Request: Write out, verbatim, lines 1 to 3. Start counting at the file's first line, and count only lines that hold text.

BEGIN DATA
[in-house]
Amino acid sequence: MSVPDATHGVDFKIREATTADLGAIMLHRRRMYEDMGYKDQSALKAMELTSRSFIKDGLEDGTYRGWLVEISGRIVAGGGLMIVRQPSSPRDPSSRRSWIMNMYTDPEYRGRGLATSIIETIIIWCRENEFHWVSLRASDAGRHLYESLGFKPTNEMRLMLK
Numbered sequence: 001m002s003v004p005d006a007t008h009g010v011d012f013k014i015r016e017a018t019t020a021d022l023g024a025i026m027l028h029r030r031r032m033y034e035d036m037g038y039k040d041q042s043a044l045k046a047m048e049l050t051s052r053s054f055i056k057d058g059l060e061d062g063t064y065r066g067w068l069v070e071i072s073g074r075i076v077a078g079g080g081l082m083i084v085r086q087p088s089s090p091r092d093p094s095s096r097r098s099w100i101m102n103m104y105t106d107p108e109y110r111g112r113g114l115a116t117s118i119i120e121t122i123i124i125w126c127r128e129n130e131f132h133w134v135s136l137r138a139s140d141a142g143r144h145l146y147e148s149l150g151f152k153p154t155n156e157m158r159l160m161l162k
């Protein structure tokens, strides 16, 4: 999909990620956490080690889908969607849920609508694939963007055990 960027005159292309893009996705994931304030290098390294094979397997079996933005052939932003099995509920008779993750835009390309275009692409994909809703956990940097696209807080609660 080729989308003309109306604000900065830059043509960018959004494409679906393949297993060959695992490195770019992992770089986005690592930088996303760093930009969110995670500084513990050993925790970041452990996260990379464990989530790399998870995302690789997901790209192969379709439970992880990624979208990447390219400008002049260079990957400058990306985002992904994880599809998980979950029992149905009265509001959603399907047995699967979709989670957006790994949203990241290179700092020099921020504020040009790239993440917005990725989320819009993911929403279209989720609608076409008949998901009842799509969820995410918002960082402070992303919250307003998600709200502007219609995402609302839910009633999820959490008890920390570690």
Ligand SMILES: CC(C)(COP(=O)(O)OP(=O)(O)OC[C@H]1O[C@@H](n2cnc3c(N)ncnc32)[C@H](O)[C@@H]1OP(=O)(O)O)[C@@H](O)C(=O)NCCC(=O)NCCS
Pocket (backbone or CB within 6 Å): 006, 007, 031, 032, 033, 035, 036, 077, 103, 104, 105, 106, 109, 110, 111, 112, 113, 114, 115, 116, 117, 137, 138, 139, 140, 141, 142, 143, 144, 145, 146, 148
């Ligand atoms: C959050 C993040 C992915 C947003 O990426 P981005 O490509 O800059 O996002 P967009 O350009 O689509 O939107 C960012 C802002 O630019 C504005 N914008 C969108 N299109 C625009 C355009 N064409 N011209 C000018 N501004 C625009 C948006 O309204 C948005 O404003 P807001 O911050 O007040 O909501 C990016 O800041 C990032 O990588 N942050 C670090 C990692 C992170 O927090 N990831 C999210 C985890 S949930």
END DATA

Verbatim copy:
[in-house]
Amino acid sequence: MSVPDATHGVDFKIREATTADLGAIMLHRRRMYEDMGYKDQSALKAMELTSRSFIKDGLEDGTYRGWLVEISGRIVAGGGLMIVRQPSSPRDPSSRRSWIMNMYTDPEYRGRGLATSIIETIIIWCRENEFHWVSLRASDAGRHLYESLGFKPTNEMRLMLK
Numbered sequence: 001m002s003v004p005d006a007t008h009g010v011d012f013k014i015r016e017a018t019t020a021d022l023g024a025i026m027l028h029r030r031r032m033y034e035d036m037g038y039k040d041q042s043a044l045k046a047m048e049l050t051s052r053s054f055i056k057d058g059l060e061d062g063t064y065r066g067w068l069v070e071i072s073g074r075i076v077a078g079g080g081l082m083i084v085r086q087p088s089s090p091r092d093p094s095s096r097r098s099w100i101m102n103m104y105t106d107p108e109y110r111g112r113g114l115a116t117s118i119i120e121t122i123i124i125w126c127r128e129n130e131f132h133w134v135s136l137r138a139s140d141a142g143r144h145l146y147e148s149l150g151f152k153p154t155n156e157m158r159l160m161l162k